A Donington farmer would like to see Lincolnshire Police using drones in the fight against crime, including hare coursing.
Several forces are trialling airborne camera drones, using them in searches for missing people and ‘scene captures’ of serious incidents.
Farmer Chris Wray, chairman of Holland County NFU, is licensed to fly drones and uses them to check crop growth because they can reveal bare patches that can’t be seen from the roadside.
Mr Wray believes if police had a couple of vehicles equipped with drones it would send a very powerful message to hare coursers even if police captured only one in 10 incidents on video.
“It would only have to happen once or twice before word got out in the hare coursing community,” he said. “It’s the right publicity to put out.”
But he says farmers should not put their personal safety at risk by attempting to use drones to video hare coursers.
He said: “Hare coursing is a very inflammatory situation – it’s the same if you get a camera out or anything like that.”
A spokesman for Devon and Cornwall Police told The Standard that its six month trial has gone well with drones successfully used in operations like searches for missing people and scene captures for major road traffic accidents and serious crimes, including murder.
Two drones and associated costs, including training, had cost £11,000 but that money was effectively recovered after two or three uses where the force avoided the need to launch a helicopter.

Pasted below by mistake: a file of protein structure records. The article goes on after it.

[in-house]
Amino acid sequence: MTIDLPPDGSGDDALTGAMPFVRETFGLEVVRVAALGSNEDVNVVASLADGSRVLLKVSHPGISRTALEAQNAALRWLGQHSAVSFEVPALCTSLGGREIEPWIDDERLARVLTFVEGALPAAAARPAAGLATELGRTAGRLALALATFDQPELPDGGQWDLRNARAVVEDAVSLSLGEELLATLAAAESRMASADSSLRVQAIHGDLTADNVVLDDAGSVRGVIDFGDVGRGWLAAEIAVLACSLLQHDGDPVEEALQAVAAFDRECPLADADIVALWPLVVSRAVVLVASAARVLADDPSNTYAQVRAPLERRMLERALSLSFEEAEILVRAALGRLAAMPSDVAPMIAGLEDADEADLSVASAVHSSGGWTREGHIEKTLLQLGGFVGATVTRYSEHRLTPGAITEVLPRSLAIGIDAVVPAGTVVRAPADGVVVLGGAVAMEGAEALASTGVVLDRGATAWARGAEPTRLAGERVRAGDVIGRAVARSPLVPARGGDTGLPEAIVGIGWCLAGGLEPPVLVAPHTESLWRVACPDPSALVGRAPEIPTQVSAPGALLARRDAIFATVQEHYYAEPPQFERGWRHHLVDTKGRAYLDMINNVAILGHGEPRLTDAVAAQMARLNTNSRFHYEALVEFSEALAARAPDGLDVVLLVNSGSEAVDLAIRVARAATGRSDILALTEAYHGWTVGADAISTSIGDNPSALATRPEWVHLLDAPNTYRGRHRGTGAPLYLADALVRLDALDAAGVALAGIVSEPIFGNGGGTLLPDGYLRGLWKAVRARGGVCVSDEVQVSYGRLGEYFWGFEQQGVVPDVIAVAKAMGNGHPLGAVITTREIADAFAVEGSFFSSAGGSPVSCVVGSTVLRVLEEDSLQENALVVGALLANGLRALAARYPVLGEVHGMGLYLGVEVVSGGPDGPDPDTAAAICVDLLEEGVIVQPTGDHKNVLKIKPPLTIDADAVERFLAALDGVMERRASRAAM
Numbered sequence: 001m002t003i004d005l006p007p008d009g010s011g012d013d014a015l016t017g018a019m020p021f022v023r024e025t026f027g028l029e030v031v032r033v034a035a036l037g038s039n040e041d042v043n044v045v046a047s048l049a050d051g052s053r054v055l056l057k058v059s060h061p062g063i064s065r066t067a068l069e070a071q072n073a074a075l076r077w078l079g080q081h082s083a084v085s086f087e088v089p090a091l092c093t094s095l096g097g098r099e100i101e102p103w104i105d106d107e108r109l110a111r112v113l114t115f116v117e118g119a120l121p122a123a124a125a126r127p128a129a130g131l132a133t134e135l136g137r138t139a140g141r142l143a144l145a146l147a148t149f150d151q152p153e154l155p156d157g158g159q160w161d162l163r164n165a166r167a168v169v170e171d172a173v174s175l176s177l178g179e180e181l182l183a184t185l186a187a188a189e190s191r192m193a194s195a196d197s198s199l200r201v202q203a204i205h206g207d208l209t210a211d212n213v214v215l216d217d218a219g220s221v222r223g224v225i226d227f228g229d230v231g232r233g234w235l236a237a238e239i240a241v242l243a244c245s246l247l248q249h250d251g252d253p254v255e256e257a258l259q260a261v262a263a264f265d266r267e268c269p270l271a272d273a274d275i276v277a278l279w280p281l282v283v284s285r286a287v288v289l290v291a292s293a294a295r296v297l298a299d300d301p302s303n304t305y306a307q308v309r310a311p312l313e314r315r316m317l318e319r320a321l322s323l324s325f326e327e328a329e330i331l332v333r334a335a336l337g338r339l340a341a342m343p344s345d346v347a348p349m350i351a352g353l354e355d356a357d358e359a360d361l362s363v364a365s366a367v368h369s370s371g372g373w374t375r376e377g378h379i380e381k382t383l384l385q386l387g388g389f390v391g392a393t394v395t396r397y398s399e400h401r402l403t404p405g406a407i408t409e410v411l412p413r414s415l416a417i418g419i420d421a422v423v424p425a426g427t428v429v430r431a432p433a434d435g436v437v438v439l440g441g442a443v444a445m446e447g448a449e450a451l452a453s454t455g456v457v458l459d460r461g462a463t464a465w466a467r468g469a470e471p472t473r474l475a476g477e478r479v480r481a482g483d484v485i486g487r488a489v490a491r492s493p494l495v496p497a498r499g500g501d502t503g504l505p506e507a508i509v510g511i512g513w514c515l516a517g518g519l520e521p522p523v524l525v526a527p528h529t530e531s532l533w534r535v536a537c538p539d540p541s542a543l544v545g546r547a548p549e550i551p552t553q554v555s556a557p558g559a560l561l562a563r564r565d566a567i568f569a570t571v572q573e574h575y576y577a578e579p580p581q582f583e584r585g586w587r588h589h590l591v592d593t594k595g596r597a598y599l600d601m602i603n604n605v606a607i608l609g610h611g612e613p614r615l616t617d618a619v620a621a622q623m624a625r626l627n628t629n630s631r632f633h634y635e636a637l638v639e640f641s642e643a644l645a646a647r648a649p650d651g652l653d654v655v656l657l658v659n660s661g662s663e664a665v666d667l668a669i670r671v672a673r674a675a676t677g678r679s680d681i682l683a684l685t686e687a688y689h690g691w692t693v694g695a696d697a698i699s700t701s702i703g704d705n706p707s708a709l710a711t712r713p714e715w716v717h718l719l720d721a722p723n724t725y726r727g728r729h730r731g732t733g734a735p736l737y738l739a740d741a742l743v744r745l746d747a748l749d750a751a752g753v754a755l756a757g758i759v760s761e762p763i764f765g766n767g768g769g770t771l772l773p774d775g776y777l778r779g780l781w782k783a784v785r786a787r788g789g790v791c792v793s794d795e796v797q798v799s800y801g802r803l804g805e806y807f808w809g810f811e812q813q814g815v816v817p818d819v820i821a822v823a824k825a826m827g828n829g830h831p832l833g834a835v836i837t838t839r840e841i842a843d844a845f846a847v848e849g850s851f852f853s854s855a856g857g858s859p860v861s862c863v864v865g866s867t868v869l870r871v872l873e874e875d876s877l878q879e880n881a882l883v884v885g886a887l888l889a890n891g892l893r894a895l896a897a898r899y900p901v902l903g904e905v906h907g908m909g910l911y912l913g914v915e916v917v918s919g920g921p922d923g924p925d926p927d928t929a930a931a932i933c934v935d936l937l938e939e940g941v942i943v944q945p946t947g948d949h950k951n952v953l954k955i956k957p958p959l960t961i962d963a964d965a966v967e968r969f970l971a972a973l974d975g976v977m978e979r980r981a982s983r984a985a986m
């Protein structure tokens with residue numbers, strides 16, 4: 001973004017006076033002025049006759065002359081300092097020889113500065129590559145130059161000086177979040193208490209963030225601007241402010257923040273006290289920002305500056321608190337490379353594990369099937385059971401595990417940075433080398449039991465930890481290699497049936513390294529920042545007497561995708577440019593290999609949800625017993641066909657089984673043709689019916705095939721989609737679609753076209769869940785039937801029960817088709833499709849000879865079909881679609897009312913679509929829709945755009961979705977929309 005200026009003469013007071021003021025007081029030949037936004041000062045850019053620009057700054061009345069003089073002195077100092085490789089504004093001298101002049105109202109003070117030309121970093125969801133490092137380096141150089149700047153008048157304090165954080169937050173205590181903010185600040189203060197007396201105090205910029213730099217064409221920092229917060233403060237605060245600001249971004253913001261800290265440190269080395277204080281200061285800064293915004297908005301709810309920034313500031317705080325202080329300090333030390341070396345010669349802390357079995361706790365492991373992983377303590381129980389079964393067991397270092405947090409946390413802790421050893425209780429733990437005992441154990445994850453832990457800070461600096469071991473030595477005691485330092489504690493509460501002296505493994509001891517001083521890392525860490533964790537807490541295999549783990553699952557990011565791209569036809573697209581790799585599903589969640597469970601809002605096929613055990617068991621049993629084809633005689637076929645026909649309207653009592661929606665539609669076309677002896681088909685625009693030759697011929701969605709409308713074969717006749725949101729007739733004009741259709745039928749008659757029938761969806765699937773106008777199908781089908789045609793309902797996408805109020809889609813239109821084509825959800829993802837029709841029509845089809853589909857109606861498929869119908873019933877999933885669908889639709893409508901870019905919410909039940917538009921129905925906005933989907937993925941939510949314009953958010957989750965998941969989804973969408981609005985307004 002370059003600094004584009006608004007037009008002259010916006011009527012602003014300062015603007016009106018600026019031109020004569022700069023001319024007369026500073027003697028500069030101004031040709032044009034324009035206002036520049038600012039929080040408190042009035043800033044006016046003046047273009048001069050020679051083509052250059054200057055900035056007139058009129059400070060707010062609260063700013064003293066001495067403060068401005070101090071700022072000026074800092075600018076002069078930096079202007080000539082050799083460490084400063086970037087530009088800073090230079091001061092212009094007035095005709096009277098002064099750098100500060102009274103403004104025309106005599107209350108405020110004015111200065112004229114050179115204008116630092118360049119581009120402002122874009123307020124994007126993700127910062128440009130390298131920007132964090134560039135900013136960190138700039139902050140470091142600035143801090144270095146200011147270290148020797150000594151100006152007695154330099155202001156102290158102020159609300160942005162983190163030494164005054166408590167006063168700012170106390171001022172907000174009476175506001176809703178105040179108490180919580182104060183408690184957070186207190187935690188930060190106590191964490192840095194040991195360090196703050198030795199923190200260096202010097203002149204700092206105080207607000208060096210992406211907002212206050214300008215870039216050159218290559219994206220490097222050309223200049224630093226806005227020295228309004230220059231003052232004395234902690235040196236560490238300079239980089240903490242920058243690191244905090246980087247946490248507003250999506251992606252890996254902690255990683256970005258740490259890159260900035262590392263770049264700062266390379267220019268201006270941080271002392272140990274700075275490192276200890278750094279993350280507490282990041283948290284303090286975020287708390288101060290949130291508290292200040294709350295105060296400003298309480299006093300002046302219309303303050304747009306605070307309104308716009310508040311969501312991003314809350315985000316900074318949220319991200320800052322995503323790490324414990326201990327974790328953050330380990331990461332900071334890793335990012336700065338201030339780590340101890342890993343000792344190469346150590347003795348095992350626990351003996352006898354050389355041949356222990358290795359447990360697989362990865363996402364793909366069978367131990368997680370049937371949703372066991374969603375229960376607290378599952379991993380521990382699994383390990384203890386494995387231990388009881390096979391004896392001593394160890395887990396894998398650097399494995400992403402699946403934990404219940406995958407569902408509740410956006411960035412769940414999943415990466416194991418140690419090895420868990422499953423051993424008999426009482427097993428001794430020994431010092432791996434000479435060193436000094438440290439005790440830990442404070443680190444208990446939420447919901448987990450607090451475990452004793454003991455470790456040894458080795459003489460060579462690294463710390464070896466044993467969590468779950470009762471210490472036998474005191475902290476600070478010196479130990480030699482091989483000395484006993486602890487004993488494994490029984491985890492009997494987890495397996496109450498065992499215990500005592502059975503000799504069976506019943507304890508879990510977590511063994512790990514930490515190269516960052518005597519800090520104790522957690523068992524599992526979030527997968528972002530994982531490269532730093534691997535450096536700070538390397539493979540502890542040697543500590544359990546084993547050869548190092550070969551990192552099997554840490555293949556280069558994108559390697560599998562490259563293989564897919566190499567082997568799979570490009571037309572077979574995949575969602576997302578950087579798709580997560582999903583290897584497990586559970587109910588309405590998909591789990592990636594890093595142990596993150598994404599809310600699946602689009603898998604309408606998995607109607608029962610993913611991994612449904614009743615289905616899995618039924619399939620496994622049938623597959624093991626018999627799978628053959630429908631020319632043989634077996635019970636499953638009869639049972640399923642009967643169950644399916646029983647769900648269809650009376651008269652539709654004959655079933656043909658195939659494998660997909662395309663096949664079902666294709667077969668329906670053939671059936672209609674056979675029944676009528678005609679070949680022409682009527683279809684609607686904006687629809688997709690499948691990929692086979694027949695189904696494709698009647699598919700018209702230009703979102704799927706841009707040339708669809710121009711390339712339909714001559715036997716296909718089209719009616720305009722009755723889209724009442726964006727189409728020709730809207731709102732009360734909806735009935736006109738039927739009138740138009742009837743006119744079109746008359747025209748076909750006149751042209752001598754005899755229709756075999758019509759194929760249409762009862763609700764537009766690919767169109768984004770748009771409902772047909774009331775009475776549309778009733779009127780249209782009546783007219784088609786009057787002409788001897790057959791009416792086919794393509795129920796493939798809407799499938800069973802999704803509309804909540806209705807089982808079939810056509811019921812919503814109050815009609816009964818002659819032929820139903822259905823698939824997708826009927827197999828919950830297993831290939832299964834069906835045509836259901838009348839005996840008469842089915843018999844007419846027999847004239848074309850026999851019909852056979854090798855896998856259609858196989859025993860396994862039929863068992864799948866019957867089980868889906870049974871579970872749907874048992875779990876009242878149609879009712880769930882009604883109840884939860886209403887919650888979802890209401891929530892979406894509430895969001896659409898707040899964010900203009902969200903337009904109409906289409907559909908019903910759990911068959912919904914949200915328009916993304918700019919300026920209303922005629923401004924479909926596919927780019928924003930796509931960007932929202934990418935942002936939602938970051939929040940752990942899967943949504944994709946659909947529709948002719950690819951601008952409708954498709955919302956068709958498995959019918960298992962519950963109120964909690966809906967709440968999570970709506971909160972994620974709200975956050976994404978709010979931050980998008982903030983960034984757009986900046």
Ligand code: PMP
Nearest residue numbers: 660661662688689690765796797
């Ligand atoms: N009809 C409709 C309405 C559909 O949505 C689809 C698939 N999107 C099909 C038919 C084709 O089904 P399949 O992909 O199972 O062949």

Chief Insp Jim Tyner, Lincolnshire Police’s lead officer on rural crime, said: “I have seen some good use of drones by other police forces, particularly around searching large rural areas for vulnerable missing people.
“We have no plans at present to introduce drones in Lincolnshire Police.
“While I can see the benefit of drones for pre-planned policing operations I am less certain of their effectiveness for responding to incidents, such as hare coursing, in real time.
“In such a large county how would we ensure that the drones and operators are in the right place at the right time?
“I am in conversation with other rural forces to see how they deploy their drones and if they can demonstrate their effectiveness in tackling rural crime it is something I would support.”
Merseyside Police was the first to make an arrest in an operation using a drone in 2010.